A recent addition to the set of moral theories that we are going to study is care ethics. This approach develops in the wave of feminism and their critiques of Western ethical theory. It builds on the work of such thinkers as Carol Gilligan and Nell Noddings (See text and PPT), and rather than viewing the moral actor as an autonomous, rational agent looks instead to the network of intimate relationships that form a context in one’s lived reality. One should act then with the greatest regard to those relationships. It is not solely based on character, rules or the results but about the integrity and compassion of living relationships and solicitude.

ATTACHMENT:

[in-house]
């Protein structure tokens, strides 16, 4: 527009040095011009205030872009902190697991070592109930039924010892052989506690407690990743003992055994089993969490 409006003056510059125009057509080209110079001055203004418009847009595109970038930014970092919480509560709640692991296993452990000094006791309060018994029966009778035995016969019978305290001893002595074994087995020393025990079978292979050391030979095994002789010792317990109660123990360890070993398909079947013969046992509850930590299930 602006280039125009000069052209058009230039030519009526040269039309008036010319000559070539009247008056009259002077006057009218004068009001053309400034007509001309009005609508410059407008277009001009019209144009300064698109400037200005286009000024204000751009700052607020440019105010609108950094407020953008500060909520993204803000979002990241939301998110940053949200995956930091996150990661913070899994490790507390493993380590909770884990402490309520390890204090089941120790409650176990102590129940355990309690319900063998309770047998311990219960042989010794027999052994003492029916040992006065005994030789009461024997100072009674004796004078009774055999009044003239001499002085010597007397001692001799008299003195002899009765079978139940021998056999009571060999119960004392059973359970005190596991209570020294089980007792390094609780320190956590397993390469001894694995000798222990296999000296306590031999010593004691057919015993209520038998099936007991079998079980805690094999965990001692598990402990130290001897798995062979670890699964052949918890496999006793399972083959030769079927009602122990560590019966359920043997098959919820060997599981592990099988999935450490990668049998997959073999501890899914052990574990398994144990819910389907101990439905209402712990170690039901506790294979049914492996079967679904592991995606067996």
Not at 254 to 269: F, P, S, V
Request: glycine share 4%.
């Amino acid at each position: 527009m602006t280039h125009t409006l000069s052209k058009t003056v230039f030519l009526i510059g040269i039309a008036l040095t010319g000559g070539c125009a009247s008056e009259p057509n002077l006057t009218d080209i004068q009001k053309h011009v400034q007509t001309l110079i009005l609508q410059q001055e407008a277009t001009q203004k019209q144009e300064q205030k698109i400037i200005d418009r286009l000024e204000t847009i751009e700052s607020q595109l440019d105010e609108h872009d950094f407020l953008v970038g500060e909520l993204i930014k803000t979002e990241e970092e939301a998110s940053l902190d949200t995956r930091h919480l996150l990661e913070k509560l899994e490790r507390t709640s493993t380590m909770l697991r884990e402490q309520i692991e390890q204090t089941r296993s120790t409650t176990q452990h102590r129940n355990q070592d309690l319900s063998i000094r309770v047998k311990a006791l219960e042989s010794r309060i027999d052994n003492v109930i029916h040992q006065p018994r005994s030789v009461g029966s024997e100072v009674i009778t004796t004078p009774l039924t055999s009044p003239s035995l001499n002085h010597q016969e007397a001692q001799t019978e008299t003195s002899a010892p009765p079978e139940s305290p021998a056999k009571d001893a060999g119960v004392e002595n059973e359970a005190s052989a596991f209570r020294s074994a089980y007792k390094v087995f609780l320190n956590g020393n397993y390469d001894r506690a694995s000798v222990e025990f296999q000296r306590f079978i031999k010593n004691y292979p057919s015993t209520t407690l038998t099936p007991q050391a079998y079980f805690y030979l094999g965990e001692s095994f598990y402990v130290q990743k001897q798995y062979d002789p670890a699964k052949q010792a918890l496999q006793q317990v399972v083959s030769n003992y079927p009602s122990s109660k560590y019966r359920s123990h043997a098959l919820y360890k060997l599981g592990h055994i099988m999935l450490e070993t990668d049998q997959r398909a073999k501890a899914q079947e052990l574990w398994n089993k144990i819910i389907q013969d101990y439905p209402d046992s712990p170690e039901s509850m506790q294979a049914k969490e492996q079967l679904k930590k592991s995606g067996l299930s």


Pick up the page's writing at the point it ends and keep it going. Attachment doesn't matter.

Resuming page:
Essentially, and with all these varied approaches, what you are engaged in here is a pursuit of and for the “good.” You are a fledgling philosopher trying to define the good, the moral good. In attempting to define what the “good” means you will use one of these normative theories. In choosing the moral theory that best “ fits,” you are trying to figure out what theory or set of practices guides you through your life. It sounds cliché but you are looking for your personal, moral North Star, the guiding light that orients your moral universe, gives meaning and order to your moral outlook. This theory provides meaning to your considered moral beliefs. Of course, most humans never reflect on this process but students of philosophy do and that is your first charge. Welcome to philosophy. It is challenging to determine which of the available major normative theories best “fits,” but it can be an eye-opening and instructive discovery. Let’s review…